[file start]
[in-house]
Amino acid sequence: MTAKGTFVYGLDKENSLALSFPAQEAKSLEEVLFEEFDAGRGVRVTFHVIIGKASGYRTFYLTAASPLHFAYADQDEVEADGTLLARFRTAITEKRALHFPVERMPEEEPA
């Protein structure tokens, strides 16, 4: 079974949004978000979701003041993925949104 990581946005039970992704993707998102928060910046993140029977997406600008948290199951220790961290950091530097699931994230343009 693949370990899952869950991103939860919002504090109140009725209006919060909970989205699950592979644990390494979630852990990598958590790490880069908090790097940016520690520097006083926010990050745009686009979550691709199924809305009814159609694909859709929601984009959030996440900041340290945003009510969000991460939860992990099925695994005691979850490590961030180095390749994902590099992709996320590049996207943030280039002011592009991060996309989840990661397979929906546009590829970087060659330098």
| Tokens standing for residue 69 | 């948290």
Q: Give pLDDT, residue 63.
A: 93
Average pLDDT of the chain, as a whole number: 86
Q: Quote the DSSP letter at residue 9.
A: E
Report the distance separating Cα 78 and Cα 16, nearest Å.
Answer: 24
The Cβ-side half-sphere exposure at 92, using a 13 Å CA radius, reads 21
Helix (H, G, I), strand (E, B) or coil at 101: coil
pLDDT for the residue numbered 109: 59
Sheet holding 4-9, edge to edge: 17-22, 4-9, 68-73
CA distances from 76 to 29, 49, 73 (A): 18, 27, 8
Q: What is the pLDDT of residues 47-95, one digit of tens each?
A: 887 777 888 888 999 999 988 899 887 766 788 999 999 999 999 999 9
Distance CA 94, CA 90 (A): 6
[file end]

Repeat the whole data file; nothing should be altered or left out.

[in-house]
Amino acid sequence: MTAKGTFVYGLDKENSLALSFPAQEAKSLEEVLFEEFDAGRGVRVTFHVIIGKASGYRTFYLTAASPLHFAYADQDEVEADGTLLARFRTAITEKRALHFPVERMPEEEPA
């Protein structure tokens, strides 16, 4: 079974949004978000979701003041993925949104 990581946005039970992704993707998102928060910046993140029977997406600008948290199951220790961290950091530097699931994230343009 693949370990899952869950991103939860919002504090109140009725209006919060909970989205699950592979644990390494979630852990990598958590790490880069908090790097940016520690520097006083926010990050745009686009979550691709199924809305009814159609694909859709929601984009959030996440900041340290945003009510969000991460939860992990099925695994005691979850490590961030180095390749994902590099992709996320590049996207943030280039002011592009991060996309989840990661397979929906546009590829970087060659330098």
| Tokens standing for residue 69 | 């948290």
Q: Give pLDDT, residue 63.
A: 93
Average pLDDT of the chain, as a whole number: 86
Q: Quote the DSSP letter at residue 9.
A: E
Report the distance separating Cα 78 and Cα 16, nearest Å.
Answer: 24
The Cβ-side half-sphere exposure at 92, using a 13 Å CA radius, reads 21
Helix (H, G, I), strand (E, B) or coil at 101: coil
pLDDT for the residue numbered 109: 59
Sheet holding 4-9, edge to edge: 17-22, 4-9, 68-73
CA distances from 76 to 29, 49, 73 (A): 18, 27, 8
Q: What is the pLDDT of residues 47-95, one digit of tens each?
A: 887 777 888 888 999 999 988 899 887 766 788 999 999 999 999 999 9
Distance CA 94, CA 90 (A): 6